Last month, Rep. Spencer Bachus (R-AL) — who has now officially been named the chairman of the House Financial Services Committee — explained that, in his view, “Washington and the regulators are there to serve the banks.” And it seems that the rest of the Republicans on the Financial Services Committee are coalescing around their chairman’s philosophy.
Last week, Rep. Scott Garrett (R-NJ), who is chairing the Financial Services Subcommittee on Capital Markets and Government Sponsored Enterprises, said that he wants to implement a mortgage finance system that is entirely private, jeopardizing the very existence of the 30-year mortgage on which so many families rely. And in a speech today, Rep. Randy Neugebauer (R-TX), Chairman of the Subcommittee on Oversight and Investigations, said that he wants all foreclosure prevention efforts to be halted immediately:
“All these foreclosure mitigation initiatives we’re taking need to stop,” he said, speaking at an event co-hosted by the University of Maryland’s Robert H. Smith School of Business and the NYU Stern School of Business. Neugebauer said the private market should be allowed to work through the problems in the housing market without “administration pressure” to avoid foreclosures. “Markets aren’t kind, but they’re very efficient,” he said. “There were people who were put in their homes that probably never should have been there before.”
Neugebauer is parroting the conservative vision of the housing crisis — which to them was caused entirely by government policies encouraging homeownership amongst those who couldn’t afford it — so it’s not surprising that he thinks the government should get out of the foreclosure prevention business. But the actual problems in the housing market bear little resemblance to those Neugebauer outlined.
For one thing, leaving aside that many of the borrowers who faced foreclosure early in the housing crisis were hoodwinked by predatory lenders, the foreclosure crisis long ago migrated out of subprime loans and into prime loans, as people lost their jobs in the Great Recession. So a crisis created in large part by the shenanigans of bankers then walloped homeowners, who become unemployed through no fault of their own. Neugebauer’s prognosis also ignores the problem of underwater homeowners, who, again, through no fault of their own, now owe more on their mortgage than their home is currently worth, due to plunging home prices.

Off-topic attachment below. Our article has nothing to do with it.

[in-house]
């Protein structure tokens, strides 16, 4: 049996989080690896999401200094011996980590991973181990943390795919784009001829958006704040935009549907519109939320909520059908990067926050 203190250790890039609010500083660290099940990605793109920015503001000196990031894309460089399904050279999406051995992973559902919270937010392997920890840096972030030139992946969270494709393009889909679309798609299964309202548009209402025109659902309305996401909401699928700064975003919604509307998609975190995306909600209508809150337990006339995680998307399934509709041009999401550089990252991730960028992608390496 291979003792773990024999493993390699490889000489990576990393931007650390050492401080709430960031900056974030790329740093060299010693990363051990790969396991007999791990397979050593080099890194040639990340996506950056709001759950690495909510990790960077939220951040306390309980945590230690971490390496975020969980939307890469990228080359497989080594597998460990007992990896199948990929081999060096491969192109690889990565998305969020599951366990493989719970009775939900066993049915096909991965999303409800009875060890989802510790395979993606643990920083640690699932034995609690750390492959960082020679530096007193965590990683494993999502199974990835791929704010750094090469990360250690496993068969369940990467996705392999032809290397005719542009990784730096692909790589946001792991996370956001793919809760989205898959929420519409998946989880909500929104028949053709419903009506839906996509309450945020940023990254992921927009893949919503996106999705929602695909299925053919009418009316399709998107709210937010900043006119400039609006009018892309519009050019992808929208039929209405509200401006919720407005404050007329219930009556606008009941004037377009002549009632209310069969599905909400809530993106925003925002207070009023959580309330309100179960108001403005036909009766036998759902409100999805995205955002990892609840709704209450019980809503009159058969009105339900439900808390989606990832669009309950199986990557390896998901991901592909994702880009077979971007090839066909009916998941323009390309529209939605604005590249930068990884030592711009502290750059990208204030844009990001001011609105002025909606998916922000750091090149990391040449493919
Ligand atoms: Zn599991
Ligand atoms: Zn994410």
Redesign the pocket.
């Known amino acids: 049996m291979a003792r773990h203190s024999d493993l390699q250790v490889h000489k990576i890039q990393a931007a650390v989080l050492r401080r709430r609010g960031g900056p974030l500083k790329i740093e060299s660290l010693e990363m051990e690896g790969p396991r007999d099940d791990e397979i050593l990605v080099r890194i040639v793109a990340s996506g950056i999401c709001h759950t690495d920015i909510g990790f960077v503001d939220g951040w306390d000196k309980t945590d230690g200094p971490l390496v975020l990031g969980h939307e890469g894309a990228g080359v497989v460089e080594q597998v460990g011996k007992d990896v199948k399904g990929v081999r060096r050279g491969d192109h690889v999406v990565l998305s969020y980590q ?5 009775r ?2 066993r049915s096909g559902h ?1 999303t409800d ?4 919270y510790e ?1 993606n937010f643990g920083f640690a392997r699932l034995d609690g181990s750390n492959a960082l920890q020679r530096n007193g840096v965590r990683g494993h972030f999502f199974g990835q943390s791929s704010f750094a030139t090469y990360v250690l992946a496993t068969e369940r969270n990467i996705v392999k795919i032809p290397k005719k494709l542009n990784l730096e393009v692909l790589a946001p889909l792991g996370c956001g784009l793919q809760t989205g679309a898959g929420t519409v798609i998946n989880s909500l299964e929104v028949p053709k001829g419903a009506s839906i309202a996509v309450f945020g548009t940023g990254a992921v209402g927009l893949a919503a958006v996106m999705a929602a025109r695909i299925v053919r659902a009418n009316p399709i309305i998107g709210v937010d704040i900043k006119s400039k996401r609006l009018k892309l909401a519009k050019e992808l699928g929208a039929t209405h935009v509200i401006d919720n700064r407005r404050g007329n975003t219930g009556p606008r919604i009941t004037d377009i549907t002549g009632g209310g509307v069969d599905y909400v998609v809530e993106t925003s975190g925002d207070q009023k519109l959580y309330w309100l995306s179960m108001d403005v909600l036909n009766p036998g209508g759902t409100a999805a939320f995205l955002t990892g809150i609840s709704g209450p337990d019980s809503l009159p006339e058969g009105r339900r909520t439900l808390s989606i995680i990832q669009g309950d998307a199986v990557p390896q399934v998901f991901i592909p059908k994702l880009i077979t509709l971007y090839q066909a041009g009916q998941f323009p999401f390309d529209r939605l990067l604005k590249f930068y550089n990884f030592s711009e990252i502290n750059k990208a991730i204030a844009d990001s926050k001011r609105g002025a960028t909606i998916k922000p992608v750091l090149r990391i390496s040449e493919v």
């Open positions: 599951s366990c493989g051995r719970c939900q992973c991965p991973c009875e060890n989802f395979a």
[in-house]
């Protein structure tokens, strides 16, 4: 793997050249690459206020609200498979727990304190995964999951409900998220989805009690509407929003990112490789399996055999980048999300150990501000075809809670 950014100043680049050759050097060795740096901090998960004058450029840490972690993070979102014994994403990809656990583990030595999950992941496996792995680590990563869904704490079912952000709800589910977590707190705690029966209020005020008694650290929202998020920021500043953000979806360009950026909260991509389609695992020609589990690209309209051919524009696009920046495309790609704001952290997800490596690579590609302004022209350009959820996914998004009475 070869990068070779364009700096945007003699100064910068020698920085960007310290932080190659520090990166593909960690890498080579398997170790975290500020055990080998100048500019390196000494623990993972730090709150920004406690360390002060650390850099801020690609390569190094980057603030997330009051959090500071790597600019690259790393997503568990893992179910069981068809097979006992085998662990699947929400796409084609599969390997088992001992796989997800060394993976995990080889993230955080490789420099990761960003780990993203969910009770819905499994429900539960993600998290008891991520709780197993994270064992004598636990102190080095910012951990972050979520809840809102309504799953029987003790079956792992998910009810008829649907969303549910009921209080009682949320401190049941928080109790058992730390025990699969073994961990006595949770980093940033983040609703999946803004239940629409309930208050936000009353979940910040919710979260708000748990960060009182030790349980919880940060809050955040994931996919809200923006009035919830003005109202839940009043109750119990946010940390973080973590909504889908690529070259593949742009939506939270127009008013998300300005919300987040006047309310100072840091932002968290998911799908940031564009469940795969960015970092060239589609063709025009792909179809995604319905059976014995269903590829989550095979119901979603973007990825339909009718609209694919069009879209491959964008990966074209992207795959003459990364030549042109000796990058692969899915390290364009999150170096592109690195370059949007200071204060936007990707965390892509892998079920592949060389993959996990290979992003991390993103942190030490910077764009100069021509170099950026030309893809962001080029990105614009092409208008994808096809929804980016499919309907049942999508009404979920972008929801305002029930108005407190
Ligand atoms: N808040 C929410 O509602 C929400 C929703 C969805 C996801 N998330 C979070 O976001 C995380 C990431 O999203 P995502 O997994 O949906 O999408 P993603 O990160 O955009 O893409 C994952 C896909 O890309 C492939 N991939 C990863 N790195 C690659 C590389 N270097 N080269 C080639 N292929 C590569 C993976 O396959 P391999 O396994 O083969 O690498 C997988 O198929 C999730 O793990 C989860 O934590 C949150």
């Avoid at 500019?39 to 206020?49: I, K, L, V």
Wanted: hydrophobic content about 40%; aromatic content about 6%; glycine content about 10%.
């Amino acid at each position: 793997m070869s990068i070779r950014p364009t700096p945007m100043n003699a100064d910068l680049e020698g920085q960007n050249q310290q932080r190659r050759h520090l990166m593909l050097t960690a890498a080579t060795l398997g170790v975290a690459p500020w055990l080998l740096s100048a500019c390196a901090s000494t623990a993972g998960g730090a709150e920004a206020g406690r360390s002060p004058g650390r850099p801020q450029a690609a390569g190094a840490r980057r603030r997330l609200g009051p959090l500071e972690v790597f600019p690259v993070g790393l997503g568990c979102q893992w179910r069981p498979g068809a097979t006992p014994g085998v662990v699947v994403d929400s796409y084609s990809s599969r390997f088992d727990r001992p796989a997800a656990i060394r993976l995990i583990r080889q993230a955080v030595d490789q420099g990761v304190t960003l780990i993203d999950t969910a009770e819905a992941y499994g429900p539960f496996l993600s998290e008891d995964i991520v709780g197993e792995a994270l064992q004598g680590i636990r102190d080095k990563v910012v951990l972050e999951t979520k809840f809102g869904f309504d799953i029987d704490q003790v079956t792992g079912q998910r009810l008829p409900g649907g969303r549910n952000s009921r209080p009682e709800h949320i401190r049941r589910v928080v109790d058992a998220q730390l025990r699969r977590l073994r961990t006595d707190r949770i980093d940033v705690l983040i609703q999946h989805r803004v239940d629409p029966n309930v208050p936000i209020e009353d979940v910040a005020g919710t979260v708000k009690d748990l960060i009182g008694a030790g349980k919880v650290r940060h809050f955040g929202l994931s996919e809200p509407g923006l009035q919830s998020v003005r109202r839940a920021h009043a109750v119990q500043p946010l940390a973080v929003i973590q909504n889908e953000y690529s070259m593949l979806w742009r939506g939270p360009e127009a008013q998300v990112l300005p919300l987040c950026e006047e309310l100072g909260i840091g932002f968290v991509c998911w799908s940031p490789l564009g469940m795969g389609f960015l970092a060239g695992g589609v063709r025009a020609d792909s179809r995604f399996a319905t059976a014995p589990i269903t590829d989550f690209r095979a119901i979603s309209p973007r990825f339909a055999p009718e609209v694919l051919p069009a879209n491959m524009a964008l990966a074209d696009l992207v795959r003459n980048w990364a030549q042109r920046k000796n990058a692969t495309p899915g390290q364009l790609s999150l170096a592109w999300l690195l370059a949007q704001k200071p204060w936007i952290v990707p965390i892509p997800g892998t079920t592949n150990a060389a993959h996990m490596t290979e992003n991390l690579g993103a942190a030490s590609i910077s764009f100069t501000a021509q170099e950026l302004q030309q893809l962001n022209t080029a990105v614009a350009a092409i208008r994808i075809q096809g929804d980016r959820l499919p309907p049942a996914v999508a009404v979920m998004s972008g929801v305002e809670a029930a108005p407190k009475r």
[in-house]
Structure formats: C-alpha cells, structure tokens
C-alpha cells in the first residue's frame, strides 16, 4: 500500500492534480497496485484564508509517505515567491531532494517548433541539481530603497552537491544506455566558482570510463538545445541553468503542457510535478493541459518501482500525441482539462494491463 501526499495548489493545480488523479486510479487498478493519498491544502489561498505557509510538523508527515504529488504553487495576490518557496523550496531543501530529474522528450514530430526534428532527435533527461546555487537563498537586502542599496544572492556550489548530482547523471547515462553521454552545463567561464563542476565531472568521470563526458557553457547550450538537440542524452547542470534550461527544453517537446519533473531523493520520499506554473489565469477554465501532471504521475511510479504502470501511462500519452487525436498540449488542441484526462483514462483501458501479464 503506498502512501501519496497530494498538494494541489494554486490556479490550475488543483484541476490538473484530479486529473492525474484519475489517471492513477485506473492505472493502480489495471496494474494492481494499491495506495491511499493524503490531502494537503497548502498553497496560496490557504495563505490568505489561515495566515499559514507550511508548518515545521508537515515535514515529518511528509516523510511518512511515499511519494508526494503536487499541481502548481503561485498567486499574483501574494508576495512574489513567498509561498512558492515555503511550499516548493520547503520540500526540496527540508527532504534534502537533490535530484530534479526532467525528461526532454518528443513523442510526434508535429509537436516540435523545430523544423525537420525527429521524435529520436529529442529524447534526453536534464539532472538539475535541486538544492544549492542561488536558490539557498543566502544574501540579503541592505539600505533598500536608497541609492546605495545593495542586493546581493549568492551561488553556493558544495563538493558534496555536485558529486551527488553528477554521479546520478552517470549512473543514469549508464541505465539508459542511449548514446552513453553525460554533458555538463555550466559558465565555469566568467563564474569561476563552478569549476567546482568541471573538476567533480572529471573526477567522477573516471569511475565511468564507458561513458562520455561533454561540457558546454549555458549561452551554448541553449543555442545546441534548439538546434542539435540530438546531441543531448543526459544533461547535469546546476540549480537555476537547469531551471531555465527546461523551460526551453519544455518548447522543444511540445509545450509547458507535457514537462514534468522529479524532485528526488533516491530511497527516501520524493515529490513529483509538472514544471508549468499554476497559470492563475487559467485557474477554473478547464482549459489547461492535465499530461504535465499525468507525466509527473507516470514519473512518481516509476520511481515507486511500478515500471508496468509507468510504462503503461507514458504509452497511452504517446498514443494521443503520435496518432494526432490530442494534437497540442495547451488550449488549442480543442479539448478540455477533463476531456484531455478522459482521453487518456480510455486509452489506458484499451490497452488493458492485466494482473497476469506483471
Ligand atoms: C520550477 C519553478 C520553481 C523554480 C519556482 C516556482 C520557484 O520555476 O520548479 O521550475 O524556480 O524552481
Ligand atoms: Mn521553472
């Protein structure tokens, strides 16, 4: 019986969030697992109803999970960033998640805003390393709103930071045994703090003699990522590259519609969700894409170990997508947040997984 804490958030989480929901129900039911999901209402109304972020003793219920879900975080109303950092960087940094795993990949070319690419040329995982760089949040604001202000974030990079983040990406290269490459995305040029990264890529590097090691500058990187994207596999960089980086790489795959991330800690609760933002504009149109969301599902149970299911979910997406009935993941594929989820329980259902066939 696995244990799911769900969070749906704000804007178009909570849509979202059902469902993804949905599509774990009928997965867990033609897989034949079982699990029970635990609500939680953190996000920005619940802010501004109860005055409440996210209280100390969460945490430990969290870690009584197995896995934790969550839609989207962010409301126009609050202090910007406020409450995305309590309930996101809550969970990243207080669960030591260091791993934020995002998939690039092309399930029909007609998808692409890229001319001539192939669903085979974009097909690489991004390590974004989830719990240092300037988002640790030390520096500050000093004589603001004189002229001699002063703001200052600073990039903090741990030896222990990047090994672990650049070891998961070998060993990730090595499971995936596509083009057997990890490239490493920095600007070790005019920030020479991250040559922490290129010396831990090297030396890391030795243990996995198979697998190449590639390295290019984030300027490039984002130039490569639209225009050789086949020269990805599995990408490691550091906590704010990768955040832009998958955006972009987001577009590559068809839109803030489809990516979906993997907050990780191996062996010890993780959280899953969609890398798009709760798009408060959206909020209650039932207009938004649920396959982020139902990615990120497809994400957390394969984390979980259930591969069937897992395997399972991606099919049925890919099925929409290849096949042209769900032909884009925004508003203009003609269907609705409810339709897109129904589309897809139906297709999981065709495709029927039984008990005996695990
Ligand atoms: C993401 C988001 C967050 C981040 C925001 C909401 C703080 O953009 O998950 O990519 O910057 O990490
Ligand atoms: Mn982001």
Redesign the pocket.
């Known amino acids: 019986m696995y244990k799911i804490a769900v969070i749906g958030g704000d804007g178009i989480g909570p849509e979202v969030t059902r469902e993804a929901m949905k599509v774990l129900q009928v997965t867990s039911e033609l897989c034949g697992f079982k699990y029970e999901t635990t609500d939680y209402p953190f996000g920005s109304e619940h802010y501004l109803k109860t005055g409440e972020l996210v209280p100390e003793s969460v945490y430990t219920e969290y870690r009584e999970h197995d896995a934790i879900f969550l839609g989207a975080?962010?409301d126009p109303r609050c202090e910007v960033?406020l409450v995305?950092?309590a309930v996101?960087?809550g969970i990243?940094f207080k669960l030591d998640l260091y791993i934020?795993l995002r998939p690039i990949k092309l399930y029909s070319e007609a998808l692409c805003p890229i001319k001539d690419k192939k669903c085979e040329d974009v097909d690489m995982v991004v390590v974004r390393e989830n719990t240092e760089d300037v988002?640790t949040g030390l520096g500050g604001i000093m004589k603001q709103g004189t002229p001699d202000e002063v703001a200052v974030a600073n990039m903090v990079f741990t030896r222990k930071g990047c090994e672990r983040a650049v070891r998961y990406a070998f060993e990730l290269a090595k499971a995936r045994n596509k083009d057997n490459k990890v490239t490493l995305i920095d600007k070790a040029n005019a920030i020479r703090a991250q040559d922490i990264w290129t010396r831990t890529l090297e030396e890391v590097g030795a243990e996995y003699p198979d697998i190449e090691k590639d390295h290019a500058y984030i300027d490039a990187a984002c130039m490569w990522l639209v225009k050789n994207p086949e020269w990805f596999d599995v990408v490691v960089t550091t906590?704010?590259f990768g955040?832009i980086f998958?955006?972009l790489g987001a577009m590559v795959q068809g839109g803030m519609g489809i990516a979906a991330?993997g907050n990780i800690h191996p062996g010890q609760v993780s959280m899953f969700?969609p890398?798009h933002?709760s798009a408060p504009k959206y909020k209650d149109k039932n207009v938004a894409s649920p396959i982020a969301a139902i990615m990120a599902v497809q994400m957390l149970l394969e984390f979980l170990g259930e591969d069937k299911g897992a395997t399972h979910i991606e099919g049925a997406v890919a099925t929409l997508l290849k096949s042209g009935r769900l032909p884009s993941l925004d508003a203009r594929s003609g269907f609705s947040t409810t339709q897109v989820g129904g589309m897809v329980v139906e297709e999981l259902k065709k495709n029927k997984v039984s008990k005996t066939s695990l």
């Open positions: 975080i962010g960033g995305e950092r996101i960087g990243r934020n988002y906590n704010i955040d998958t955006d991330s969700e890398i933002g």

Meanwhile, one million homes were foreclosed upon last year, and real estate analysts say that another one million will go into foreclosure this year. This not only harms the individual borrowers, but the wider economy, dragging down home values for everyone else and blowing holes in bank balance sheets.
The administration’s foreclosure prevention efforts have, admittedly, left a lot to be desired, but that’s because they involve lots of carrots for banks to modify mortgages, but few sticks, while banks have institutionalized systems biased in favor of foreclosure (like their use of “robo-signers“). Neugebauer’s approach would simply remove the limited help current foreclosure prevention efforts provide, leaving homeowners to the mercy of the very banks whose negligence helped drive the housing crisis in the first place. For some ideas on how to properly reform foreclosure prevention programs, visit here, here, and here.